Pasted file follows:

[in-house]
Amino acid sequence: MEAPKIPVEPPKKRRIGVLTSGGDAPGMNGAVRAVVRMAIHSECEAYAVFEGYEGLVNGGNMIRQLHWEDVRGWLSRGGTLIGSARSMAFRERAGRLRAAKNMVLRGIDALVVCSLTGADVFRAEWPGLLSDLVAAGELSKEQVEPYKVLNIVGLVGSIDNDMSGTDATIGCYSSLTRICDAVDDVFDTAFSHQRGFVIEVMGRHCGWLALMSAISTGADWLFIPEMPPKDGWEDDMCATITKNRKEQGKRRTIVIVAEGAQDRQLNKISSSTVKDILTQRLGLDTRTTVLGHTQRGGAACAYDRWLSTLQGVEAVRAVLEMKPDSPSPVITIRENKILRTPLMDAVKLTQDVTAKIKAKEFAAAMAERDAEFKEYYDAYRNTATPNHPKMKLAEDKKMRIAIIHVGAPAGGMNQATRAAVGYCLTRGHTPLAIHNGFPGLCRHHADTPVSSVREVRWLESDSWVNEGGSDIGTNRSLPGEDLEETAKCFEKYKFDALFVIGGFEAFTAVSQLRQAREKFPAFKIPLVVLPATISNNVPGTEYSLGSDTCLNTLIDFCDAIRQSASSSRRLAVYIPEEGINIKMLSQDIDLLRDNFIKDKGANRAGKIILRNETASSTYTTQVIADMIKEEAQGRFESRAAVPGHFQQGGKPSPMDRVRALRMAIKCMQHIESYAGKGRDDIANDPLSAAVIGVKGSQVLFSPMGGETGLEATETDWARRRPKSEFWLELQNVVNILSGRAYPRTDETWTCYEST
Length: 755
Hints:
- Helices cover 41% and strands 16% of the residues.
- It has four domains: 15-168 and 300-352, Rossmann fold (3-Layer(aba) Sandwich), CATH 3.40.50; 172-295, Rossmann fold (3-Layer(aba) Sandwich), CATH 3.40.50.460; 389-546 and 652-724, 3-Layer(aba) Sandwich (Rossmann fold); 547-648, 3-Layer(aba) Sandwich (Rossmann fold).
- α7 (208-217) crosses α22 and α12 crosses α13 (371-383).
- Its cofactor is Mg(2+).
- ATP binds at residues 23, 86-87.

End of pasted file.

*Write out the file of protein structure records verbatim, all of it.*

[in-house]
Amino acid sequence: MEAPKIPVEPPKKRRIGVLTSGGDAPGMNGAVRAVVRMAIHSECEAYAVFEGYEGLVNGGNMIRQLHWEDVRGWLSRGGTLIGSARSMAFRERAGRLRAAKNMVLRGIDALVVCSLTGADVFRAEWPGLLSDLVAAGELSKEQVEPYKVLNIVGLVGSIDNDMSGTDATIGCYSSLTRICDAVDDVFDTAFSHQRGFVIEVMGRHCGWLALMSAISTGADWLFIPEMPPKDGWEDDMCATITKNRKEQGKRRTIVIVAEGAQDRQLNKISSSTVKDILTQRLGLDTRTTVLGHTQRGGAACAYDRWLSTLQGVEAVRAVLEMKPDSPSPVITIRENKILRTPLMDAVKLTQDVTAKIKAKEFAAAMAERDAEFKEYYDAYRNTATPNHPKMKLAEDKKMRIAIIHVGAPAGGMNQATRAAVGYCLTRGHTPLAIHNGFPGLCRHHADTPVSSVREVRWLESDSWVNEGGSDIGTNRSLPGEDLEETAKCFEKYKFDALFVIGGFEAFTAVSQLRQAREKFPAFKIPLVVLPATISNNVPGTEYSLGSDTCLNTLIDFCDAIRQSASSSRRLAVYIPEEGINIKMLSQDIDLLRDNFIKDKGANRAGKIILRNETASSTYTTQVIADMIKEEAQGRFESRAAVPGHFQQGGKPSPMDRVRALRMAIKCMQHIESYAGKGRDDIANDPLSAAVIGVKGSQVLFSPMGGETGLEATETDWARRRPKSEFWLELQNVVNILSGRAYPRTDETWTCYEST
Length: 755
Hints:
- Helices cover 41% and strands 16% of the residues.
- It has four domains: 15-168 and 300-352, Rossmann fold (3-Layer(aba) Sandwich), CATH 3.40.50; 172-295, Rossmann fold (3-Layer(aba) Sandwich), CATH 3.40.50.460; 389-546 and 652-724, 3-Layer(aba) Sandwich (Rossmann fold); 547-648, 3-Layer(aba) Sandwich (Rossmann fold).
- α7 (208-217) crosses α22 and α12 crosses α13 (371-383).
- Its cofactor is Mg(2+).
- ATP binds at residues 23, 86-87.